The problem with models is that they show you what you want to see - for good reason. Unless you understand and mathematically define EVERY variable that is associated with climate, or whatever it is that you are modeling, you do not have a model that can predict. At best, it can be directionally correct some, most, a few times. Look at the models used for predicting the path of a huricane. Some models show the exact opposite of what other models show and in general are all over the map. The differences between these models demonstrate that not all is understood about the nature of a hurricane. The conical shape shown for the path is a statistical best fit of all the "good" models. Another observation - if the models can be so different while a hurrican is in progress, why should one take a model's suggestion as to what hurricains will do several years out into the future. I will wait for a better understanding, better models, before making judgement as to future weather.

Dr. Frank Stuchal
I'm not sure how closely you have been following the blog since 2005, but I do know there's been quite a bit of discussion here of Landsea et al's work which talks about the reduced # of hurricanes under a global warming scenario. And the discussion was introduced by Dr. Masters' own blog on Landsea's findings. I have a hard time agreeing that a scientest should continue to uphold old theories in the face of evidence that suggests those theories are flawed. So I'm not quite certain why you feel the Dr. is somehow at fault here, or that he should not refer to the latest findings in his writing.
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Quoting IKE:


Most overused in 2010....

(1)Flagged and reported.
(2)Just minus him.
(3)Stick him on ignore.
(4)Teh.
(5)Just wait til.....
(6)Next week...


Don't forget:

_____ is a fighter/can still surprise us/can't be counted out yet/may have a few tricks up its sleeve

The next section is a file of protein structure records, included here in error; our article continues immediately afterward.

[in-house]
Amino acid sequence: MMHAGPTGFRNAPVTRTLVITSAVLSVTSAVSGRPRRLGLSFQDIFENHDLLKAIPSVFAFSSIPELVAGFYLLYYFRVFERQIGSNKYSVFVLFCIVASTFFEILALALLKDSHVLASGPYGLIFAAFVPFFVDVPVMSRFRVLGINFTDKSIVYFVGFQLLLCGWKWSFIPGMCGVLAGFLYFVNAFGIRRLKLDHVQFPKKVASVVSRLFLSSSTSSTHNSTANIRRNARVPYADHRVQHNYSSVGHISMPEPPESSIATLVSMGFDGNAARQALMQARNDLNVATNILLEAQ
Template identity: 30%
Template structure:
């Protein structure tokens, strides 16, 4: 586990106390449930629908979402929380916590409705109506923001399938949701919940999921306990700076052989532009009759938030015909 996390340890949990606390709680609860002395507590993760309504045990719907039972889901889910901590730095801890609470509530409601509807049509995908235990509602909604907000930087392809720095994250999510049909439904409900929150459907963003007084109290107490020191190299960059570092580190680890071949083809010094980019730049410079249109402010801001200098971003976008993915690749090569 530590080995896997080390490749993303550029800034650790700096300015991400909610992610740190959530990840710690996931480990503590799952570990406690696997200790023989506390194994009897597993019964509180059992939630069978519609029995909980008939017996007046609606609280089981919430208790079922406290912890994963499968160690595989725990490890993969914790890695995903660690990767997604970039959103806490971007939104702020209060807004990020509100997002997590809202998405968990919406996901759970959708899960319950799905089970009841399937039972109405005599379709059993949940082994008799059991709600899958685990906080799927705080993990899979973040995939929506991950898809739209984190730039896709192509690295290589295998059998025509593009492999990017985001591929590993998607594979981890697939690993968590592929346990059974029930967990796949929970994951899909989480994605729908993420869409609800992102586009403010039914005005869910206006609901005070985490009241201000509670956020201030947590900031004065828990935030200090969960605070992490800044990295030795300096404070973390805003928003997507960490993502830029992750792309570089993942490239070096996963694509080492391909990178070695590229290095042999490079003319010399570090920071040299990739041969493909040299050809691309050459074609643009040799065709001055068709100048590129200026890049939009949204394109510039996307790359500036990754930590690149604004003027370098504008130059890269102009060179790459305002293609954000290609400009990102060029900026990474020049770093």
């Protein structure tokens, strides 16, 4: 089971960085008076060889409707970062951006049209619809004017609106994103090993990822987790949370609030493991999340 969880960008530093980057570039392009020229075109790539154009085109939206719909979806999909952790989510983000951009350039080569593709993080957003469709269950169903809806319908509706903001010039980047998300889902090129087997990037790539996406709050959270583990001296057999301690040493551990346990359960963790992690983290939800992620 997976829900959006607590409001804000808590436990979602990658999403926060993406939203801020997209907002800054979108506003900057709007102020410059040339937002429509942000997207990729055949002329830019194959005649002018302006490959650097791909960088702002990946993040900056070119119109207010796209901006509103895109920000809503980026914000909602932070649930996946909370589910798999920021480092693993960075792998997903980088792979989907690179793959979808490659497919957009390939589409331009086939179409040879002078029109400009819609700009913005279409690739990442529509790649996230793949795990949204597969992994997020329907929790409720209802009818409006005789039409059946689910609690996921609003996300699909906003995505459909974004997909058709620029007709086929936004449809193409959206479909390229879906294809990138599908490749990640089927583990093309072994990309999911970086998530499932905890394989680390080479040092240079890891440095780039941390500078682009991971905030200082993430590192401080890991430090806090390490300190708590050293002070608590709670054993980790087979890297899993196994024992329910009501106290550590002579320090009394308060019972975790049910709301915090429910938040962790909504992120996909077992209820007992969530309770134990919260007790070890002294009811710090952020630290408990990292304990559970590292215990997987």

That looks like a TD/TS/Hurricane to me

pre-9xL/TD#/Bonnie/Colin/Danielle

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867. xcool


XXXTD5
Member Since: September 26, 2009 Posts: 2 Comments: 15684
Quoting Waltanater:
Andrew had an unconfirmed gust of 212 mph but the thing broke. They later tested it with the same make and model and found it was only 186 mph! Still high. There was a rumor shortly after it hit that an x-marine had clocked a wind speed of 254 mph using some special instrument, but that also broke. That speed is about a 1/3rd the speed of sound. Again, it falls as a rumor, just like the # of casualties in South Florida from Andrew.


There was a rumor of that? People spreading rumors that 2,000 people died or something?
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862. xcool
Member Since: September 26, 2009 Posts: 2 Comments: 15684
Quoting ElConando:
212mph! My goodness. Is that the highest recorded gust from a land falling cane in America? Anyone know?
Andrew had an unconfirmed gust of 212 mph but the thing broke. They later tested it with the same make and model and found it was only 186 mph! Still high. There was a rumor shortly after it hit that an x-marine had clocked a wind speed of 254 mph using some special instrument, but that also broke. That speed is about a 1/3rd the speed of sound. Again, it falls as a rumor, just like the # of casualties in South Florida from Andrew.
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Quoting IKE:


Most overused in 2010....

(1)Flagged and reported.
(2)Just minus him.
(3)Stick him on ignore.
(4)Teh.
(5)Just wait til.....
(6)Next week...


You forgot _____caster fill in the blank
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839. You made a funny!
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856. IKE
Quoting BahaHurican: